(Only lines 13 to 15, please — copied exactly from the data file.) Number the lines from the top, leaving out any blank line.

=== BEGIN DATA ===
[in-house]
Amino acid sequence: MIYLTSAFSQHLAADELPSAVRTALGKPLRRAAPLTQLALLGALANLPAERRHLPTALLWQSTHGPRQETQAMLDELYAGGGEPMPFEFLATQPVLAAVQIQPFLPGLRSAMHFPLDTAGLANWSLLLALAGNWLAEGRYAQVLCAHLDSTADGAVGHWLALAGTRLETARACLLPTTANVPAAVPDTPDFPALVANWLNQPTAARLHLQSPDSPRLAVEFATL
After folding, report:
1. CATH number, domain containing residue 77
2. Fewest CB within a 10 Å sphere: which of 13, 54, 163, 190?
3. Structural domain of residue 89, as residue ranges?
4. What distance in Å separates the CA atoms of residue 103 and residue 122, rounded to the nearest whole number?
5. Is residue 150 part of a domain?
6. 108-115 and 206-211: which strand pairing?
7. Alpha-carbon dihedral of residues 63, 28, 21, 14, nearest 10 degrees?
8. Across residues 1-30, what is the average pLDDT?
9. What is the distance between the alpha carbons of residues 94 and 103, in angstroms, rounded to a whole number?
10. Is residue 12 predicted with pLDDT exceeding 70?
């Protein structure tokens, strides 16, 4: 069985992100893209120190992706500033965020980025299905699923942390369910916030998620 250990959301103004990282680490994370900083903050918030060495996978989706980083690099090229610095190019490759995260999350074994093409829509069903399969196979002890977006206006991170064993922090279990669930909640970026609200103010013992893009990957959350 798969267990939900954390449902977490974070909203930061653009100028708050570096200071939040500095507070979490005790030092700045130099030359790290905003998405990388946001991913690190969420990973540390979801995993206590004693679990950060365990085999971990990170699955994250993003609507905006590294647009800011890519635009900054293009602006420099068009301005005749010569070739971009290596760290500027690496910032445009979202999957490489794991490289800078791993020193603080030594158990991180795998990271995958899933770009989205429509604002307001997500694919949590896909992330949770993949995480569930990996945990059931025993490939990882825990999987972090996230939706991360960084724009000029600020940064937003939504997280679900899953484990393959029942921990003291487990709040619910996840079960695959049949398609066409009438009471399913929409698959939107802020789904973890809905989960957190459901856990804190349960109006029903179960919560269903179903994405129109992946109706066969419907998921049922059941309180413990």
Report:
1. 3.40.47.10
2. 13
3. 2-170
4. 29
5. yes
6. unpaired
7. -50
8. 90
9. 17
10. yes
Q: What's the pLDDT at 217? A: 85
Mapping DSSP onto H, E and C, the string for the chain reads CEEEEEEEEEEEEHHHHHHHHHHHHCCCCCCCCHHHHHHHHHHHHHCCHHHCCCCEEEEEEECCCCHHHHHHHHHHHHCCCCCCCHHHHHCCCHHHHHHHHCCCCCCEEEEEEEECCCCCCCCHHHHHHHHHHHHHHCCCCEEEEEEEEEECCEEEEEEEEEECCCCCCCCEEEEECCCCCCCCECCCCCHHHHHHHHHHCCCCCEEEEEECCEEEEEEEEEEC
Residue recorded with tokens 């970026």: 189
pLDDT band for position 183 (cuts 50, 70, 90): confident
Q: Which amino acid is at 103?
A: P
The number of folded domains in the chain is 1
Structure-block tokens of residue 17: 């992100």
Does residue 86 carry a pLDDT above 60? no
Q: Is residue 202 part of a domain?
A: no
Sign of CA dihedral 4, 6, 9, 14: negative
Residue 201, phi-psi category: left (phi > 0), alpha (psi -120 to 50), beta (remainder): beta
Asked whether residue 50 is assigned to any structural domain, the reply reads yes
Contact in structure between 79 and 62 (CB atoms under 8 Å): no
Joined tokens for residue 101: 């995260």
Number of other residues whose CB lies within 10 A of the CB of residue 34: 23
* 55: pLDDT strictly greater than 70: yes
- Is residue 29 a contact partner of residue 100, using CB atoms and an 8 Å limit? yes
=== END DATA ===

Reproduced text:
10. Is residue 12 predicted with pLDDT exceeding 70?
């Protein structure tokens, strides 16, 4: 069985992100893209120190992706500033965020980025299905699923942390369910916030998620 250990959301103004990282680490994370900083903050918030060495996978989706980083690099090229610095190019490759995260999350074994093409829509069903399969196979002890977006206006991170064993922090279990669930909640970026609200103010013992893009990957959350 798969267990939900954390449902977490974070909203930061653009100028708050570096200071939040500095507070979490005790030092700045130099030359790290905003998405990388946001991913690190969420990973540390979801995993206590004693679990950060365990085999971990990170699955994250993003609507905006590294647009800011890519635009900054293009602006420099068009301005005749010569070739971009290596760290500027690496910032445009979202999957490489794991490289800078791993020193603080030594158990991180795998990271995958899933770009989205429509604002307001997500694919949590896909992330949770993949995480569930990996945990059931025993490939990882825990999987972090996230939706991360960084724009000029600020940064937003939504997280679900899953484990393959029942921990003291487990709040619910996840079960695959049949398609066409009438009471399913929409698959939107802020789904973890809905989960957190459901856990804190349960109006029903179960919560269903179903994405129109992946109706066969419907998921049922059941309180413990």
Report: